Judicial independence in jeopardy
The reforms in the justice sector announced by Justice Minister Owen Bonnici last week are long overdue. This initial package of reforms includes splitting the roles of the Attorney General and honing criteria in law for persons-of-trust engagements, all recommendations made by the Venice Commission, the respected Council of Europe body that recommended measures to buttress structural weaknesses in Malta’s justice system and rule of law.
What the government has embarked on, however, are the more straightforward reforms, leaving the core cluster of recommendations on the appointment and removal of the judiciary to a later stage. The minister has not committed himself to any timeline for reform in this crucial area.
That means we remain saddled with the current system of judicial appointments – one that is deeply flawed. In the judgement of the Venice Commission and of justice grandees such as Faculty of Law dean Kevin Aquilina and Judge Emeritus Giovanni Bonello, this mechanism of appointments does not ensure judicial independence. When most other supposedly independent institutions have fallen in thrall to the government, it is indeed a worrying prospect that the last bastion of the rule of law is in danger of being drawn more deeply within its sphere of influence. This prospect is real when one considers the large number of political associates or cronies who have been appointed to the bench over the years.
This has the potential to mire the judiciary in endless controversy, in and out of the court room – as has already happened – and deal more blows to its perceived independence and trustworthiness.
Any discussion of these issues, however, has to start from the secretiveness of the Commission for the Administration of Justice and its organs, particularly the Judicial Appointments Committee (JAC), which assesses candidates for the judiciary, and the Committee for Judges and Magistrates (CJM), tasked with disciplining errant judiciary.
We know nothing of the operations of these two organs. If we had to have a modicum of transparency, for example, the CJM would serve to raise the standards of the judiciary and assuage people’s grumblings of abuses and unaccountability of the judiciary. Likewise, transparency by the JAC about its assessment criteria for candidates and promotions within the judiciary would instill confidence in the justice system.
The current practice is a vestige of the epochs of emperors: the JAC communicates in confidence to the Prime Minister the appraisal status of interested candidates, and the Prime Minister retains discretion in making selections without having to abide by the JAC’s recommendations. His decision is not subject to review or challenge.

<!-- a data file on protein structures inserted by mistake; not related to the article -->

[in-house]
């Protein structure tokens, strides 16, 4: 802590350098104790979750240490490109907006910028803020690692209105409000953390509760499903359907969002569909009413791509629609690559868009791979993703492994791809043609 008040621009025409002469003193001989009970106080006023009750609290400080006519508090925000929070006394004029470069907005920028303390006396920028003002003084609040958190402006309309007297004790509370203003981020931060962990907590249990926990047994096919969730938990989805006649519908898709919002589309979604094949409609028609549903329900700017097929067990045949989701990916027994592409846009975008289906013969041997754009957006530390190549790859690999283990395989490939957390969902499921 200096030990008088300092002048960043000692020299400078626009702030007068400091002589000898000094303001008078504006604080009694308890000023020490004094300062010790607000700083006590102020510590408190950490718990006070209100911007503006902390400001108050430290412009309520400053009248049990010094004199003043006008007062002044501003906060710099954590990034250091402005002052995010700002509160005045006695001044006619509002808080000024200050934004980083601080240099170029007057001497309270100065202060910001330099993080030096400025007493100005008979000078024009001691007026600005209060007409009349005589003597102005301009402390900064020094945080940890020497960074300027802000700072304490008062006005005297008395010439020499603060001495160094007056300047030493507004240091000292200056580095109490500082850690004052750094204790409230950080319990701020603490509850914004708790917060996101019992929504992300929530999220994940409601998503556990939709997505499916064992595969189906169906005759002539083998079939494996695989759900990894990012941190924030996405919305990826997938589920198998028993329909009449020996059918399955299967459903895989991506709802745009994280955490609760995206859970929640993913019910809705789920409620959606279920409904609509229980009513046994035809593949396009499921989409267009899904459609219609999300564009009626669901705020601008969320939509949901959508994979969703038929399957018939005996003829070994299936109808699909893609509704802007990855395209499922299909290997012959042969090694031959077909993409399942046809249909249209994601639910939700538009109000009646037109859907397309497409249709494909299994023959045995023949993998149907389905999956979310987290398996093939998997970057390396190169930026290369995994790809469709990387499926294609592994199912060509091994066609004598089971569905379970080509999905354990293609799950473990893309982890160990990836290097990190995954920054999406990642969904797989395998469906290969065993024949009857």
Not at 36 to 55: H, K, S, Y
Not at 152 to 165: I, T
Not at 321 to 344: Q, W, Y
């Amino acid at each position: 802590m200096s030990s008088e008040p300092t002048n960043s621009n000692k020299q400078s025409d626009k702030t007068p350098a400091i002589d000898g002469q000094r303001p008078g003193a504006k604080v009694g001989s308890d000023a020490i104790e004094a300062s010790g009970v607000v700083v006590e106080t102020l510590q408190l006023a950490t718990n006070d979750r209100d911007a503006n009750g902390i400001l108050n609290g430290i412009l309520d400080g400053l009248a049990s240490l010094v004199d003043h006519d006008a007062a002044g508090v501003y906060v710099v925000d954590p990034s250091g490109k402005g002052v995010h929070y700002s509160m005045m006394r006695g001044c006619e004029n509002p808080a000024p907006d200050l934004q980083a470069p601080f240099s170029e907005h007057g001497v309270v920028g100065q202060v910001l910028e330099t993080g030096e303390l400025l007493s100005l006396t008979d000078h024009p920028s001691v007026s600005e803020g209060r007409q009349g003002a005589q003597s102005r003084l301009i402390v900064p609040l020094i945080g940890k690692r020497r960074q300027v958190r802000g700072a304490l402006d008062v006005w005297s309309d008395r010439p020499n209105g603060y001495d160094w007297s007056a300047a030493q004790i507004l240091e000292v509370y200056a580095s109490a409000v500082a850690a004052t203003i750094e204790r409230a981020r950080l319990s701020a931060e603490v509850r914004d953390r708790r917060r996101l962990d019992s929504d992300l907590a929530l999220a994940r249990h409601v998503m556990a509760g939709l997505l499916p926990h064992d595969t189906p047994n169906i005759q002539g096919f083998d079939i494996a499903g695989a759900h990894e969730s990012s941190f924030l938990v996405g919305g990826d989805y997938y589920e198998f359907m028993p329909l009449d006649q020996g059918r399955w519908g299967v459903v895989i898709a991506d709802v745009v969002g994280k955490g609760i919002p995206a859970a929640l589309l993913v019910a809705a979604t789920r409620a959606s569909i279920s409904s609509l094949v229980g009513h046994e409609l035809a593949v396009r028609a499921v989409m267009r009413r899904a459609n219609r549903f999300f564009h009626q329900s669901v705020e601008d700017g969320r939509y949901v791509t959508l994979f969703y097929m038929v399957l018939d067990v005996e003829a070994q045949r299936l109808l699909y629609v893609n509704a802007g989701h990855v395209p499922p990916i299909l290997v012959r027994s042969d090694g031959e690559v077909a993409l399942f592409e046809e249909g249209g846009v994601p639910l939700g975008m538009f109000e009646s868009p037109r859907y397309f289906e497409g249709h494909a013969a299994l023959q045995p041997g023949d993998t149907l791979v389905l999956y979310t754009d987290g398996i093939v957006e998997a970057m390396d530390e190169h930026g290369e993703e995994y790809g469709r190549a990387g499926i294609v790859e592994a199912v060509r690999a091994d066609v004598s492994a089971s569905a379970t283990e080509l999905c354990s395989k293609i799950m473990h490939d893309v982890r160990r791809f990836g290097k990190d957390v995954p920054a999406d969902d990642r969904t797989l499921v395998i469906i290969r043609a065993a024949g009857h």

An example of how secrecy undermines the system are the reports in various media outlets over several months of the impending appointment to the judiciary of Nadine Lia, daughter-in-law of Pawlu Lia, a personal lawyer of the Prime Minister, and other Labour Party figures and organs, as well as the Prime Minister’s appointee on the Commission for the Administration of Justice.
The reports have never been denied. Is she or isn’t she a nominee? If yes, has she been passed by the Judicial Appointments Committee? Until last week she was still apparently employed as the Regulator at the Family Business Office, which is connected to the government. When a reporter of this newspaper attempted to verify the reports and other information it has received concerning her professional practice, which could have a bearing on her selection, she maintained that she is a private [non-public] person who does not comment to the media.
The committee that vets candidates does not divulge anything about its proceedings. So the uncertainty remains: the secrecy surrounding Nadine Lia’s nomination to the bench, if such is the case, creates needless extra controversy. This sort of opacity only gives rise to an unhealthy atmosphere for the judiciary to operate in, further eroding trust in the justice system. Irrespective of her credentials and professional suitability for the bench, it would be damaging, in the present situation, to appoint her to the judiciary given the misgivings arising from her father-in-law’s roles and connections, as well as Dr Bonnici’s apparent commitment to meaningful reform in the system of appointments – whenever that is due.
This issue is, of course, larger than the one person. It would be cynical and disingenuous in the extreme for the government to commit to changing the system of appointments to make the judiciary more independent while in the meantime making more appointments that go against the spirit of its own public commitments. Over the next two to three years, five judges and a magistrate are due to be replaced, as well as the Chief Justice himself. Will those replacements consist of more Labour-friendly faces?
To retain public confidence in justice and avert possible challenges in the European Court of Human Rights in the future, the government must bring in a new system before appointing any new magistrates and judges, or at least adopt interim measures in practice that respect the spirit of judicial independence.
The Opposition has already publicly stated its immediate support for the Venice Commission’s recommendation in this regard, so this reform can be launched without delay.
This is a Times of Malta print editorial